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Different views, common ground

Marie Burke

Page 4

It is interesting how people can see one issue - and one another - so differently. Take for example men and women - obviously two different experiences with a lot of common ground. You might forget that there is a lot of common ground between men and women when you hear the two words that sparked the interest of several national leaders, men and women, at a recent conference in Edmonton. The words are Gender Equality.

Gender is informally described as a person's sex; and equality means the same in value, particularly in this case, a person that is equal to another. Now, culturally, that could mean finding harmony between man and woman. Politically, it might have several different meanings. The meaning of gender equality translated into mainstream terms is just another way of saying some women might be trying this feminist thing on that some of our white sisters use to protect themselves in a man's world, said one Aboriginal woman.

For me, I think I've been very fortunate that I haven't had to categorize men and women and, in most ways, our people's minds are beginning to change and become more open. The old way of thinking is slowly dying, the way that was taught to us in our modern schools and generations before that. When the missionaries came, they saw Native men and thought they needed more power over women. It was unthinkable for most European men in the early 1800s to ask a woman for advice.

Today, I see men saying 'I need more women here,' not because I needed a woman to go to places where I couldn't, like the women's only bathroom, but because women are easier to talk to, they will listen and take in the information, then they will give you their opinion. What the men bring to balance the scales of gender and equality are: assertiveness and aggressiveness, in a good way. Men demand work be done and then they get it done, no nonsense, no fuss, no question of pathos.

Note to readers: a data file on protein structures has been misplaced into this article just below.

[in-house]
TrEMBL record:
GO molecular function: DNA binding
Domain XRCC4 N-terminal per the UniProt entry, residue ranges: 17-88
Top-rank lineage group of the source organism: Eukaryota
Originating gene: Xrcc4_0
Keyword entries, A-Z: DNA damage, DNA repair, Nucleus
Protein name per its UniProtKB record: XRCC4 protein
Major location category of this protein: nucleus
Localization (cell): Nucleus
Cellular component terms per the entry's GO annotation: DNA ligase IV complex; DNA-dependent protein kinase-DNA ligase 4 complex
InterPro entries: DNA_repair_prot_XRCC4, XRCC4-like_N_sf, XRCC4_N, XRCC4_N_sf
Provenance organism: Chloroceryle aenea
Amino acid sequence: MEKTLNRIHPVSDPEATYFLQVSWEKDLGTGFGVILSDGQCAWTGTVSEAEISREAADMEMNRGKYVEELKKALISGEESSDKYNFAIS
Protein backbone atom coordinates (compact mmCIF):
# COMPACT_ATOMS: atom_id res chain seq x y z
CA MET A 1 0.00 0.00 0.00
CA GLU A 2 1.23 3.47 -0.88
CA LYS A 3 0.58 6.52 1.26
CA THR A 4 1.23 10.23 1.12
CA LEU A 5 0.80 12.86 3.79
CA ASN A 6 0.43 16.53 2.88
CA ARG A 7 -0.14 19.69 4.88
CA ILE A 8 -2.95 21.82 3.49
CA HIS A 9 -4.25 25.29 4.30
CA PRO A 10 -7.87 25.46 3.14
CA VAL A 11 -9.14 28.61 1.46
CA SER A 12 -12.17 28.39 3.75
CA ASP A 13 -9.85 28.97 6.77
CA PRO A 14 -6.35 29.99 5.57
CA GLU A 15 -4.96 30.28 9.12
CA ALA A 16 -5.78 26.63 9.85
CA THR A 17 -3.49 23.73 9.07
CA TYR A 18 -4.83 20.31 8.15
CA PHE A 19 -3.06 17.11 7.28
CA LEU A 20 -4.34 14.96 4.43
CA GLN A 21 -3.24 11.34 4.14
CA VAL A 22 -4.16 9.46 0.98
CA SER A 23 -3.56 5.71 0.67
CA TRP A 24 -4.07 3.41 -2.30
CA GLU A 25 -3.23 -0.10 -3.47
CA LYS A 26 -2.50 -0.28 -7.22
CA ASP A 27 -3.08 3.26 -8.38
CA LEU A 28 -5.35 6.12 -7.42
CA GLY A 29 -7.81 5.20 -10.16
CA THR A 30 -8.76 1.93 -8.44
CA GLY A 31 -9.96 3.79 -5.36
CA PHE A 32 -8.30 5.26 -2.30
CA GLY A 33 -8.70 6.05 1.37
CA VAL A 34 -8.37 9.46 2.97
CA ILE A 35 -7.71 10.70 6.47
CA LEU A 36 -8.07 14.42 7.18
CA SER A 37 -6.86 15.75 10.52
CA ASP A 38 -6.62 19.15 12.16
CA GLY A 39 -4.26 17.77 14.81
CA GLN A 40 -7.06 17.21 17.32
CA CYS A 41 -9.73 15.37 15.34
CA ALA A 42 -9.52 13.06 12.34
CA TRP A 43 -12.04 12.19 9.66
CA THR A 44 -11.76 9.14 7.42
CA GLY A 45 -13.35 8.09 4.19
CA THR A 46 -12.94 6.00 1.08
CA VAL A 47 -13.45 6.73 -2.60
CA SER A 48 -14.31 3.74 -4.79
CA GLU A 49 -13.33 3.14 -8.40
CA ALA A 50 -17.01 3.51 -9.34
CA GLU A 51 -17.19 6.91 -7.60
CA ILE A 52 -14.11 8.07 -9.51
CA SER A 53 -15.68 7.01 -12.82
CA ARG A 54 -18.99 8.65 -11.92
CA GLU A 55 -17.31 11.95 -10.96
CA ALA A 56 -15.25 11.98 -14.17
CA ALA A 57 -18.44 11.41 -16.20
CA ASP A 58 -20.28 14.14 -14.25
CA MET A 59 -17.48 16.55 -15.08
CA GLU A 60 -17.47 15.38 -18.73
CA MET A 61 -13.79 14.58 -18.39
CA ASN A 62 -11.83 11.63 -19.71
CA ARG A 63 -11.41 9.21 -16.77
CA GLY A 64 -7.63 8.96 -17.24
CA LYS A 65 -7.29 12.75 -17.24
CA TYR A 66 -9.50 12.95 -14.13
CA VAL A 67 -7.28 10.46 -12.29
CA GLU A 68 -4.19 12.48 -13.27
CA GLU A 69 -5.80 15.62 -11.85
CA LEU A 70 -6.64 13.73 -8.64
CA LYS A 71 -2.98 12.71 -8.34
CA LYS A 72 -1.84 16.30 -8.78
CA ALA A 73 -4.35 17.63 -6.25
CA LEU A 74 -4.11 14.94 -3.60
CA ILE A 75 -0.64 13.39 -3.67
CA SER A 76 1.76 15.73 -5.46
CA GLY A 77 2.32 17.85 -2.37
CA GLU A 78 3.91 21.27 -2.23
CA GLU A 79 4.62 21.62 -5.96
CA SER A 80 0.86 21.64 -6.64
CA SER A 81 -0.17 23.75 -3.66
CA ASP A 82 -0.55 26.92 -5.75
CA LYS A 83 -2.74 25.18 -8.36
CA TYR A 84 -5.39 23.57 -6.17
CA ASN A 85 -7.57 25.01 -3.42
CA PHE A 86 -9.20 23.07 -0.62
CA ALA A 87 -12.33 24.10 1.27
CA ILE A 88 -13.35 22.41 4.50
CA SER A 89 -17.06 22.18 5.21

There it is again, an interpretation. The polarizing state of opinion not only takes in the issue of woman versus man, it takes in the on-reserve, off-reserve, the status and the non-status, the member and the non-member, question that is the state of affairs for some Aboriginal people. And the list could go on.

The opinions of people that favor one solid color of an issue, that is one that can only be seen as one way or another but not both, forget that those solid colors are made up of all the in-between shades of blue, yellow, red and white.


Powwow alert at Treaty 8 commemoration

The powwow scheduled for the Treaty 8 commemoration will start on Friday with registration for all dancers at 2 p.m. and the grand entry to follow at 7 p.m.

That's the word from Paulette Campiou at the Driftpile Powwow Society. Campiou is concerned that dancers may be confused by the schedule of events that was published in the Treaty 8 event schedule.

"It will run like a normal powwow, that is what most dancers are familiar with," said Campiou.

Saturday's grand entry will start at 1 p.m. and Sunday's grand entry will also start at 1 p.m., she said.

Campiou pointed out that the annual Driftpile powwow is happening, as in previous years, on Aug. 13 to 15.

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